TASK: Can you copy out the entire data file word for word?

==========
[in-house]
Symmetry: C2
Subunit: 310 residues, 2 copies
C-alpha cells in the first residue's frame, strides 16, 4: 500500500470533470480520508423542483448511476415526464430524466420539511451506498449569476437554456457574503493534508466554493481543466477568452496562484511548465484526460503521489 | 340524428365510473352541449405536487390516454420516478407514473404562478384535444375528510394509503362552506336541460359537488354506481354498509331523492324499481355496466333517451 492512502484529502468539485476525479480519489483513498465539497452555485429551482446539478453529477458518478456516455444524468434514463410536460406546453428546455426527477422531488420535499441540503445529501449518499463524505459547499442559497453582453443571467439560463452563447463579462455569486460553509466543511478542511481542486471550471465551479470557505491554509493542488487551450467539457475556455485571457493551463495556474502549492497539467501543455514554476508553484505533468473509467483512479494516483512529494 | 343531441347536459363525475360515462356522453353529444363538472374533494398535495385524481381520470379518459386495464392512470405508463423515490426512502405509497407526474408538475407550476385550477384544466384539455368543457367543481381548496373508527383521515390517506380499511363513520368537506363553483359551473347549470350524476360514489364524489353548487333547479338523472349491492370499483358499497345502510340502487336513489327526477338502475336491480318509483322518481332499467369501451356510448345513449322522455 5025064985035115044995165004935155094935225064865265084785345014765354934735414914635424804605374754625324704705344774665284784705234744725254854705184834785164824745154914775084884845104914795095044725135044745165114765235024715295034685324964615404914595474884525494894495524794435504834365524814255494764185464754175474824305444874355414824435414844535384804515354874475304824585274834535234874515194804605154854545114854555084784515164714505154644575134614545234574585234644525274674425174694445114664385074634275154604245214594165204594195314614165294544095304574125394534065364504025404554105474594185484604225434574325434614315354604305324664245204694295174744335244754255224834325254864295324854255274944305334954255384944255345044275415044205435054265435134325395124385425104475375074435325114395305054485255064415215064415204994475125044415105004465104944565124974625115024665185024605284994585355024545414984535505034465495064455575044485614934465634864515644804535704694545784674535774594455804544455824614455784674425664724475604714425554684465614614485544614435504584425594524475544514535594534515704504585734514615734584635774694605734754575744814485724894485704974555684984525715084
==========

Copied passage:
[in-house]
Symmetry: C2
Subunit: 310 residues, 2 copies
C-alpha cells in the first residue's frame, strides 16, 4: 500500500470533470480520508423542483448511476415526464430524466420539511451506498449569476437554456457574503493534508466554493481543466477568452496562484511548465484526460503521489 | 340524428365510473352541449405536487390516454420516478407514473404562478384535444375528510394509503362552506336541460359537488354506481354498509331523492324499481355496466333517451 492512502484529502468539485476525479480519489483513498465539497452555485429551482446539478453529477458518478456516455444524468434514463410536460406546453428546455426527477422531488420535499441540503445529501449518499463524505459547499442559497453582453443571467439560463452563447463579462455569486460553509466543511478542511481542486471550471465551479470557505491554509493542488487551450467539457475556455485571457493551463495556474502549492497539467501543455514554476508553484505533468473509467483512479494516483512529494 | 343531441347536459363525475360515462356522453353529444363538472374533494398535495385524481381520470379518459386495464392512470405508463423515490426512502405509497407526474408538475407550476385550477384544466384539455368543457367543481381548496373508527383521515390517506380499511363513520368537506363553483359551473347549470350524476360514489364524489353548487333547479338523472349491492370499483358499497345502510340502487336513489327526477338502475336491480318509483322518481332499467369501451356510448345513449322522455 5025064985035115044995165004935155094935225064865265084785345014765354934735414914635424804605374754625324704705344774665284784705234744725254854705184834785164824745154914775084884845104914795095044725135044745165114765235024715295034685324964615404914595474884525494894495524794435504834365524814255494764185464754175474824305444874355414824435414844535384804515354874475304824585274834535234874515194804605154854545114854555084784515164714505154644575134614545234574585234644525274674425174694445114664385074634275154604245214594165204594195314614165294544095304574125394534065364504025404554105474594185484604225434574325434614315354604305324664245204694295174744335244754255224834325254864295324854255274944305334954255384944255345044275415044205435054265435134325395124385425104475375074435325114395305054485255064415215064415204994475125044415105004465104944565124974625115024665185024605284994585355024545414984535505034465495064455575044485614934465634864515644804535704694545784674535774594455804544455824614455784674425664724475604714425554684465614614485544614435504584425594524475544514535594534515704504585734514615734584635774694605734754575744814485724894485704974555684984525715084